I recognise that WikiLeaks is not itself entirely transparent but I think that it is becoming more so and other better versions will follow. The real problem in the world is secrecy not leakers.

Charlie Beckett is the founding director of POLIS, the journalism think-tank at the London School of Economics and UN Global Expert. He blogs and you can reach him on Twitter at @charliebeckett.

Source: Global Experts (, a project of the United Nations Alliance of Civilizations. Copyright 2010 Global Experts/UNAOC

Swiss banker who helped WikiLeaks faces trial

GENEVA – A Swiss banker whose actions caused a U.S. judge to briefly shut down WikiLeaks three years ago goes on trial next week for distributing confidential documents.
Rudolf Elmer has been ordered to appear before a Zurich regional court on Jan. 19 to answer charges of coercion and violating Switzerland's strict banking secrecy laws. If convicted, he could be sentenced to up to three years in prison and fined.
Elmer's release of files from the Swiss-based bank Julius Baer's offshore operations in the Cayman Islands prompted a U.S. judge to temporarily shut down WikiLeaks in 2008. The order was lifted following complaints from free speech groups and media organizations.

NYT: “gusano informático Stuxnet, un proyecto norteamericano-israelí”

Ya lo habíamos dicho en La pupila insomne el pasado 16 de noviembre, pero ahora el mundo se entera porque lo publica The New York Times:el gusano informático Stuxnet fue creado por Estados Unidos e Israel para sabotear el programa nuclear iraní.
Citando expertos militares y de Inteligencia norteamericanos, el influyente diario dice que la central nuclear de Dimona (al sur de Israel) se convirtió en los últimos dos años en un laboratorio para examinar y ensayar el virus Stuxnet que hoy afecta a gran parte del mundo y que fue reportado en Cuba el pasado verano.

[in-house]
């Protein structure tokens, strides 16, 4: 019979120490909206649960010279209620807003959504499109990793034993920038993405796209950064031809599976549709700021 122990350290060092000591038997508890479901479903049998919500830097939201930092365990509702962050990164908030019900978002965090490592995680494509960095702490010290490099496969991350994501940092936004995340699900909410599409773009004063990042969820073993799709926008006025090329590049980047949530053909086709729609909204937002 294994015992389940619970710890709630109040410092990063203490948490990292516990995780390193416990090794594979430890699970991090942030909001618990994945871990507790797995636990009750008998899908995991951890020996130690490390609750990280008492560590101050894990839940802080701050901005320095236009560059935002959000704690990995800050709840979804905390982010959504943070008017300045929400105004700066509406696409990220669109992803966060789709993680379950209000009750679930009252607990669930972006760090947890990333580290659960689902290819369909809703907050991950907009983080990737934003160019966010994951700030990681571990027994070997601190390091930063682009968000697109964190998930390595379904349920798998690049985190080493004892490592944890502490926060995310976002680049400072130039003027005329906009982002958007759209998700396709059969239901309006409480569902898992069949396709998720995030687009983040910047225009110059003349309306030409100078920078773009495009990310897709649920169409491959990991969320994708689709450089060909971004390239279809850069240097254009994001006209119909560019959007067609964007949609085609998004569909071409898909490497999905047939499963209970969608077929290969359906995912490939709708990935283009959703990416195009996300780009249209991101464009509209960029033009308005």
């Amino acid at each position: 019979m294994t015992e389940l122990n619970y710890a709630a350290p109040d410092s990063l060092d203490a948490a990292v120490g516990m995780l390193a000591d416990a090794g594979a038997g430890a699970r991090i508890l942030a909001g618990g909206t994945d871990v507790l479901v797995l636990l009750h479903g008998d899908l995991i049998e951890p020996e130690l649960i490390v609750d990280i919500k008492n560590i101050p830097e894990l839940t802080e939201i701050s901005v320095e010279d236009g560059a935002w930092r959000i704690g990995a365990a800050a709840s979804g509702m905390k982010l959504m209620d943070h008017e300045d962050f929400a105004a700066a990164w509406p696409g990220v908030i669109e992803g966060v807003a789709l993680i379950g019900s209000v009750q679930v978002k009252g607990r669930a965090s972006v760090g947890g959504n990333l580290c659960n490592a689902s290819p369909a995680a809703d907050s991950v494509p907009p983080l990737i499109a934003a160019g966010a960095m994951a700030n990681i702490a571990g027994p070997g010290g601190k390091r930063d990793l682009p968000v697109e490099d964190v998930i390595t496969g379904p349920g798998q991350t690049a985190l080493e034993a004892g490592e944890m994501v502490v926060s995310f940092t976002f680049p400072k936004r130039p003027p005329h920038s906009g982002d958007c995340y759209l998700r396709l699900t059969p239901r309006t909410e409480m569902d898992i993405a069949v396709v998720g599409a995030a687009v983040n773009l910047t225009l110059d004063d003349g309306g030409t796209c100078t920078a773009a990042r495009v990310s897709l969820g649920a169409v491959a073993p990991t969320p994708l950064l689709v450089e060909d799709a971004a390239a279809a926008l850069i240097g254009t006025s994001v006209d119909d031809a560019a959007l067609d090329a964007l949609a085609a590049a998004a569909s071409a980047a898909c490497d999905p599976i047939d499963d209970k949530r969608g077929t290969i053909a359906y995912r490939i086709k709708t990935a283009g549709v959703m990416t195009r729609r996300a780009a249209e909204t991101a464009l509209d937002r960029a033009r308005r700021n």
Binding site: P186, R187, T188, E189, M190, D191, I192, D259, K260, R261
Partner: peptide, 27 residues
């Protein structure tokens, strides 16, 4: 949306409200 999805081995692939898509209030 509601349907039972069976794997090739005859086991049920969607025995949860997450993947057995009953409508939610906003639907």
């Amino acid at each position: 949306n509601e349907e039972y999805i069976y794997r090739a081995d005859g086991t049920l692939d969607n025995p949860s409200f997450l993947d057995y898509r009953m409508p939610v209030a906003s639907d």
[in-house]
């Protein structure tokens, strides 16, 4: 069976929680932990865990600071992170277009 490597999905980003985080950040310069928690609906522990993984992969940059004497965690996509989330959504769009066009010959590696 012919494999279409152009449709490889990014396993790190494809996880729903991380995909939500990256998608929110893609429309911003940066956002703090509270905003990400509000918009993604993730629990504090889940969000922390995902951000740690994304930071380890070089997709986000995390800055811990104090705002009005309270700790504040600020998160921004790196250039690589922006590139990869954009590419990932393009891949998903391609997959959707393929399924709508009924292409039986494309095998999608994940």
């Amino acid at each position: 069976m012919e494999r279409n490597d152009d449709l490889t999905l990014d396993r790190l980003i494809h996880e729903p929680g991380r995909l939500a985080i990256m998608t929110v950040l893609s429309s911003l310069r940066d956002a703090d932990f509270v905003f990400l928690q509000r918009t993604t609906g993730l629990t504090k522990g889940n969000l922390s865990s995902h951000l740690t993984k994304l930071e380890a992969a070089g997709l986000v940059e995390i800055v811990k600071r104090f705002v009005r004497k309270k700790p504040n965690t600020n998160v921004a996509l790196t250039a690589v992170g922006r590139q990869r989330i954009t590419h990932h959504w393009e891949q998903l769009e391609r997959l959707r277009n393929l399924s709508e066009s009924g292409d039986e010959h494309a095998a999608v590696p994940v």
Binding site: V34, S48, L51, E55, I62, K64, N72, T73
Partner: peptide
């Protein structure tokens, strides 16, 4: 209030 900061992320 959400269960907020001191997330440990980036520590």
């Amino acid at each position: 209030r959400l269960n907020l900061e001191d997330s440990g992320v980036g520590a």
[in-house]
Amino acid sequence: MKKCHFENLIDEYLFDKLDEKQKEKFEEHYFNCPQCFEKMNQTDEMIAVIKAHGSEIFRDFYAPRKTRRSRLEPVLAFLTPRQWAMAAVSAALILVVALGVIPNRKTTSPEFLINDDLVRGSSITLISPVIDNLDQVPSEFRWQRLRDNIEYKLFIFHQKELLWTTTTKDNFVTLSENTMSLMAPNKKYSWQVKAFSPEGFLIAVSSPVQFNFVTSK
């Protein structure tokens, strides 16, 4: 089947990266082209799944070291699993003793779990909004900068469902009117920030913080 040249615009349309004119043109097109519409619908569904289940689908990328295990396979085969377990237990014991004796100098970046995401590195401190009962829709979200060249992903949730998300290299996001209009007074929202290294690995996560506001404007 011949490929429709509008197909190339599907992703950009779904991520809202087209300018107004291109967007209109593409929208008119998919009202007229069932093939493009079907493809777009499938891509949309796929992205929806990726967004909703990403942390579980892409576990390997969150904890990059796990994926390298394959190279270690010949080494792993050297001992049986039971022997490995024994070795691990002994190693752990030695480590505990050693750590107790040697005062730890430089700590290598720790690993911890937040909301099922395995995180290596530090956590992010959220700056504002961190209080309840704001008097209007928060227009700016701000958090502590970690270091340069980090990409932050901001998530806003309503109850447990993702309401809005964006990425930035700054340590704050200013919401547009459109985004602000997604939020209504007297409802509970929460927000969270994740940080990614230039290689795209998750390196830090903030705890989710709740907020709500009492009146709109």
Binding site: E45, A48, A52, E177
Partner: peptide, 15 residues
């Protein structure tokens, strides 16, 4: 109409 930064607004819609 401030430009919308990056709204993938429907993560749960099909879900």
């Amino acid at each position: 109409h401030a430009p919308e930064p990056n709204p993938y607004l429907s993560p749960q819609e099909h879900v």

Bueno, y ahora qué, ¿Israel y Estados Unidos van a indemnizar a todas las empresas y gobiernos que han sido dañados por Stuxnet, o las grandes corporaciones que controlan Internet, como Google y Facebook,los van a bloquear…?

La deuda de EEUU supera los 14 billones de dólares

La deuda soberana estadounidense ha superado por primera vez los 14 billones de dólares.
El Congreso tendrá que elevar el límite legal de endeudamiento o reducir el gasto público para respetar el tope legal establecido. De cualquier forma, los legisladores del Capitolio encaran una dura batalla.
Ese nivel de endeudamiento representa una factura de 45.300 dólares para cada uno de los habitantes del país.
Ambas partes han comenzado a culparse por el deterioro de la situación y la posibilidad de mantener ciertas funciones gubernamentales y evitar el impago de las obligaciones crediticias internacionales.
Los proyectos de ley para incrementar el tope de la deuda figuran entre los más impopulares que encara el Congreso, aunque hasta ahora acababan siendo indefectiblemente aprobados.
Empero, esta vez podría ser diferente pese a los indicios de que la retórica partidista amainó tras la matanza de Arizona.
El secretario del Tesoro Timothy Geithner dijo que no aprobar el incremento del límite de endeudamiento sería “una catástrofe” que podría rivalizar la crisis financiera del 2008-2009.
Los legisladores republicanos, animados por su victoria en los comicios de noviembre, sostienen esos resultados que el público recela del gran gobierno y el déficit presupuestario, y que ha llegado el momento de acabar con el continuado endeudamiento.
Derrotar un mayor endeudamiento es una de las prioridades del movimiento ultraderechista Tea Party y otros grupos conservadores.
Hasta ahora, la nueva mayoría republicana ha demostrado estar dispuesta a reducir este año 100.000 millones de dólares del presupuesto nacional. Aprobaron el cambio de normas patrocinadas por el presidente de la Cámara de Representantes John Boehner que facilitaría impedir el aumento del tope de endeudamiento.
En los dos años de presidencia de Barak Obama la deuda nacional casi se duplicó. Prácticamente la mitad de la deuda soberana desde la presidencia de George Washington fue acumulada en los últimos seis años, pasando de 7,6 billones en enero del 2005 al comenzar el presidente George W. Bush su segundo mandato a 10,6 billones el día que llegó a la Casa Blanca Obama y a 14,02 millones en la actualidad.